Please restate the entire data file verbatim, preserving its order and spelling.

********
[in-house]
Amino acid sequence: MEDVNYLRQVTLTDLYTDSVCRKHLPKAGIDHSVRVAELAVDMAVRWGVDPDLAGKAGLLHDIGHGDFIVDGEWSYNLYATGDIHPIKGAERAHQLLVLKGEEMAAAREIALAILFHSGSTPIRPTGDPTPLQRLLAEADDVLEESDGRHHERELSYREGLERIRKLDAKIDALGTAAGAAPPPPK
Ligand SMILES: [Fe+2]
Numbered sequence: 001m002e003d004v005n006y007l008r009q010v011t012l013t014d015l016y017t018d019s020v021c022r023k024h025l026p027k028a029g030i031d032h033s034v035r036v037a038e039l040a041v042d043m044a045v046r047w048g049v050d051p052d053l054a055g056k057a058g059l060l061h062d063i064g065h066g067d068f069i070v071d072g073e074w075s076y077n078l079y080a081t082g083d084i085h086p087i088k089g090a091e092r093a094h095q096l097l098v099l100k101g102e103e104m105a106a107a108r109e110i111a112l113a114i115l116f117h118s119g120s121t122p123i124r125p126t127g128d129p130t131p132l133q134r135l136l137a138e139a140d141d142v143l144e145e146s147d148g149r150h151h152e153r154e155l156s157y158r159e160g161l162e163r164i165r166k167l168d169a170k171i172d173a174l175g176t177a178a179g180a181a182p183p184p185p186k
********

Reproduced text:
[in-house]
Amino acid sequence: MEDVNYLRQVTLTDLYTDSVCRKHLPKAGIDHSVRVAELAVDMAVRWGVDPDLAGKAGLLHDIGHGDFIVDGEWSYNLYATGDIHPIKGAERAHQLLVLKGEEMAAAREIALAILFHSGSTPIRPTGDPTPLQRLLAEADDVLEESDGRHHERELSYREGLERIRKLDAKIDALGTAAGAAPPPPK
Ligand SMILES: [Fe+2]
Numbered sequence: 001m002e003d004v005n006y007l008r009q010v011t012l013t014d015l016y017t018d019s020v021c022r023k024h025l026p027k028a029g030i031d032h033s034v035r036v037a038e039l040a041v042d043m044a045v046r047w048g049v050d051p052d053l054a055g056k057a058g059l060l061h062d063i064g065h066g067d068f069i070v071d072g073e074w075s076y077n078l079y080a081t082g083d084i085h086p087i088k089g090a091e092r093a094h095q096l097l098v099l100k101g102e103e104m105a106a107a108r109e110i111a112l113a114i115l116f117h118s119g120s121t122p123i124r125p126t127g128d129p130t131p132l133q134r135l136l137a138e139a140d141d142v143l144e145e146s147d148g149r150h151h152e153r154e155l156s157y158r159e160g161l162e163r164i165r166k167l168d169a170k171i172d173a174l175g176t177a178a179g180a181a182p183p184p185p186k